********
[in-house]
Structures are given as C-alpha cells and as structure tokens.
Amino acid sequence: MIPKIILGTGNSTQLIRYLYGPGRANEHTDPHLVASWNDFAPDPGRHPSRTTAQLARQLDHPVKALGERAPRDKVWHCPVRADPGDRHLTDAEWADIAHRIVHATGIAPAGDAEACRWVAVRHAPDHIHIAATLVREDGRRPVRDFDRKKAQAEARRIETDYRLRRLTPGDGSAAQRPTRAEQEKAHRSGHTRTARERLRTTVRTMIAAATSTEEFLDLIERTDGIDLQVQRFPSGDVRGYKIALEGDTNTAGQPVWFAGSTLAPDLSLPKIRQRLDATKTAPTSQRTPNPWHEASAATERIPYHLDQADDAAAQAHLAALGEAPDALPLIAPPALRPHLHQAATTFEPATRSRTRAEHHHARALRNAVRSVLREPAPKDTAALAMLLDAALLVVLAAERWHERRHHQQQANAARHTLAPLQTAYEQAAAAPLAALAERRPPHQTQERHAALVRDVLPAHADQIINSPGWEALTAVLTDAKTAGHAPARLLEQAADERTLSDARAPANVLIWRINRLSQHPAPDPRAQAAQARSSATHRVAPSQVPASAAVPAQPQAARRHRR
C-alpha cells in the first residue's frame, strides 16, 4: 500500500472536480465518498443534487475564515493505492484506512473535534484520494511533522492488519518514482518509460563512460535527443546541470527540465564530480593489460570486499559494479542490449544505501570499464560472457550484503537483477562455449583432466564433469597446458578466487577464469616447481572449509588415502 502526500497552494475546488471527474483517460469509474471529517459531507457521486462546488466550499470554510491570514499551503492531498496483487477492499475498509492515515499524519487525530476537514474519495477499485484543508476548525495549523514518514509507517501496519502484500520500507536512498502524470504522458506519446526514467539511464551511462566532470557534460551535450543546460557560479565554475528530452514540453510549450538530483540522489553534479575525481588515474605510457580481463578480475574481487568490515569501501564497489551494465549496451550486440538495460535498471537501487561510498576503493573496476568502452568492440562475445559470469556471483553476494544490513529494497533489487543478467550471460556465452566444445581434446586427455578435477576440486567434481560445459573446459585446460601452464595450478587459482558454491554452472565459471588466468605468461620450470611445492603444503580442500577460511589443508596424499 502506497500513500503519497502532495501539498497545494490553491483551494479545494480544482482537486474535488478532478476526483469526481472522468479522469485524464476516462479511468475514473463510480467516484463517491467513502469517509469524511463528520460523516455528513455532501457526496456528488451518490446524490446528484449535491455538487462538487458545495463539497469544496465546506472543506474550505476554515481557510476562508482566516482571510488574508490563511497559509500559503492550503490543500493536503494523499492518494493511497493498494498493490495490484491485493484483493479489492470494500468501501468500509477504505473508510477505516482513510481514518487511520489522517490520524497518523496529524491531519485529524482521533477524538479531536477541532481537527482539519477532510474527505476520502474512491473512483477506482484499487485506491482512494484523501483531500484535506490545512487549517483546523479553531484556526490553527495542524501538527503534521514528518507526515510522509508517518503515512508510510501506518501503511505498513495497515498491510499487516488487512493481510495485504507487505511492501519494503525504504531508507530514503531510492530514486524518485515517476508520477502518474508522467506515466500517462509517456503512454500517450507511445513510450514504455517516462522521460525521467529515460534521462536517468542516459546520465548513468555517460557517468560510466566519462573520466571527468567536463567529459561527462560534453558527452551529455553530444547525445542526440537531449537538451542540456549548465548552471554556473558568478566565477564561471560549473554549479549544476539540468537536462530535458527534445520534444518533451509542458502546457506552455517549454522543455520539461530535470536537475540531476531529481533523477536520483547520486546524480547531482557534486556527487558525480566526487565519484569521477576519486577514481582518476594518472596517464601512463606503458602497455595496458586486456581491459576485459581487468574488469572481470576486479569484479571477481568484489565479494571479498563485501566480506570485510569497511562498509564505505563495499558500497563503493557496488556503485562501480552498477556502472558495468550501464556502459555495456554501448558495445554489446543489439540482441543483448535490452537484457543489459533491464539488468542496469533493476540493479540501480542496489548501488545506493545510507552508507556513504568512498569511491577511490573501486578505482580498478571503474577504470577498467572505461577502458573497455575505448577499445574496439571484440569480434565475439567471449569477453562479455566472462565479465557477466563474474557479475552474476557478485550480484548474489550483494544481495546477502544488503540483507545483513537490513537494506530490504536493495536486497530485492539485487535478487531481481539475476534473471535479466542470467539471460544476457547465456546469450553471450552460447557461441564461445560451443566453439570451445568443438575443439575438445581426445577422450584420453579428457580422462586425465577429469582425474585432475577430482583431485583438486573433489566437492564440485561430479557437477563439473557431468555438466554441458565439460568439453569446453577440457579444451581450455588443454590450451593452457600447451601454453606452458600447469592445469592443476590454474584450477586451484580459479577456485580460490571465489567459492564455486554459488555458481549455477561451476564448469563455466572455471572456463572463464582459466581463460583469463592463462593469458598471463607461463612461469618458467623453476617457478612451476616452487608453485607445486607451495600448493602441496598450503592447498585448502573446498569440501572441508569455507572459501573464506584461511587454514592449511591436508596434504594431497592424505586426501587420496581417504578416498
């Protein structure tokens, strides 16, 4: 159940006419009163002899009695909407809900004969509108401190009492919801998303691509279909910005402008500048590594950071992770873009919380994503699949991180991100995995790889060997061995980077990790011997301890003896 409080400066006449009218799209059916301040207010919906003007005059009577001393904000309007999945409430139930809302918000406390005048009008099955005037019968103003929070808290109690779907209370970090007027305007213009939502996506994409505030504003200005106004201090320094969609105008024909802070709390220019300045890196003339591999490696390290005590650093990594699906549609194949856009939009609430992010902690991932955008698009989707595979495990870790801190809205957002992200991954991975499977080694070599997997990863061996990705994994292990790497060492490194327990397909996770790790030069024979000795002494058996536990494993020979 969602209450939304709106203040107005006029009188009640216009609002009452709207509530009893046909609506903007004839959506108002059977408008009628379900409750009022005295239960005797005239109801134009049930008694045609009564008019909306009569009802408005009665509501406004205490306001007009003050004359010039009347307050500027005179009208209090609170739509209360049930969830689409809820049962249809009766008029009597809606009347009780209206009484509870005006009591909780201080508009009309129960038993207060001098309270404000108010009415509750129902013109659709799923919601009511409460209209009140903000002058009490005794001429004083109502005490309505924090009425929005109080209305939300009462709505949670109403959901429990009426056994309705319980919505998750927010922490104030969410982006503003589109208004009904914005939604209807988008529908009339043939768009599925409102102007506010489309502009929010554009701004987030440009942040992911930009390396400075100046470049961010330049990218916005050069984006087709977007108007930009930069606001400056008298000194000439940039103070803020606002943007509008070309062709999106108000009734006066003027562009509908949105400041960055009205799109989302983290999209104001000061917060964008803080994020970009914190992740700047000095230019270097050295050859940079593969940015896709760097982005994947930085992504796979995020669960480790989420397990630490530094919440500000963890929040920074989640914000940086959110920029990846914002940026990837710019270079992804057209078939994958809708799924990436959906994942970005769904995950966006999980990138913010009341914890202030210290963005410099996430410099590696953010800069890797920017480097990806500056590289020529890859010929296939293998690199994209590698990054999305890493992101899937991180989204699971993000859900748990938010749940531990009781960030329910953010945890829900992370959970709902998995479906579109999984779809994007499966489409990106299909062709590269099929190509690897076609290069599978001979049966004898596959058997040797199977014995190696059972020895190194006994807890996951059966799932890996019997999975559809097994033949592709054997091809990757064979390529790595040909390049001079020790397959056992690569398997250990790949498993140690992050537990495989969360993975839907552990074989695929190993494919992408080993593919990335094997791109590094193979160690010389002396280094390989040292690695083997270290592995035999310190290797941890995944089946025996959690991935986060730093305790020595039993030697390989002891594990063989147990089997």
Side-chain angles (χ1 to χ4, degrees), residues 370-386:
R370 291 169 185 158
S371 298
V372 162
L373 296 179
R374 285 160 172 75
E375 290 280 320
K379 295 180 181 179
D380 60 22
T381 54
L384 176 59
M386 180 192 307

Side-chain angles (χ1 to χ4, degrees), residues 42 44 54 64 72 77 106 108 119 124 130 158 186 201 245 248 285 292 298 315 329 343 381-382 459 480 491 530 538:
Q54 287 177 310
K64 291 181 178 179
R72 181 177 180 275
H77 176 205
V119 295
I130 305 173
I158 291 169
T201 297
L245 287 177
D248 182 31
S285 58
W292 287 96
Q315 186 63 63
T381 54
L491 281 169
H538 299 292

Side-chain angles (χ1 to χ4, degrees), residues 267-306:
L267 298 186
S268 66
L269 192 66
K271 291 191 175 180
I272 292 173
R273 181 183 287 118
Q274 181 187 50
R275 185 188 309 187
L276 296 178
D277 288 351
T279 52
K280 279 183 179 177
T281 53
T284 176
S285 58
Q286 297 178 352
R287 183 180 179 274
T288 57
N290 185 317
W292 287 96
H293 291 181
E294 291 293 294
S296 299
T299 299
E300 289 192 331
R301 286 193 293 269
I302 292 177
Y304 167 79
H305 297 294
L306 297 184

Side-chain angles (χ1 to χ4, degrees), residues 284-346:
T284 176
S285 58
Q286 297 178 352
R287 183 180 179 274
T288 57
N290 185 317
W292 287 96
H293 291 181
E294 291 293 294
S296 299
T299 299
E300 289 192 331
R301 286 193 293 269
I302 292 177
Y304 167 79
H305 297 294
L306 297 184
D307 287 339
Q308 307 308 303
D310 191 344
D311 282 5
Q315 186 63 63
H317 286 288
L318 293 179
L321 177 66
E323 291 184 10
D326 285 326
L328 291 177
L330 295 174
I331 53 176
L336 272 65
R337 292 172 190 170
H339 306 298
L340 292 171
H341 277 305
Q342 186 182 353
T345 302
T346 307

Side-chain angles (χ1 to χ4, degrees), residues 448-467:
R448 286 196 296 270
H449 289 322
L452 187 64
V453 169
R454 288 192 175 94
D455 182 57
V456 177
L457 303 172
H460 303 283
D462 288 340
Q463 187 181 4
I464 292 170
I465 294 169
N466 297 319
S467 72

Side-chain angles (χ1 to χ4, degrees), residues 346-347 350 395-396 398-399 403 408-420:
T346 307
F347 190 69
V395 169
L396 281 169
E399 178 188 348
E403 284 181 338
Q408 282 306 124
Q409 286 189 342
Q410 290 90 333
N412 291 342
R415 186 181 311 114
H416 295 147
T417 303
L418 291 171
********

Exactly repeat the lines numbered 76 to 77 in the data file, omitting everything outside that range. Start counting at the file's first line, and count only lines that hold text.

S296 299
T299 299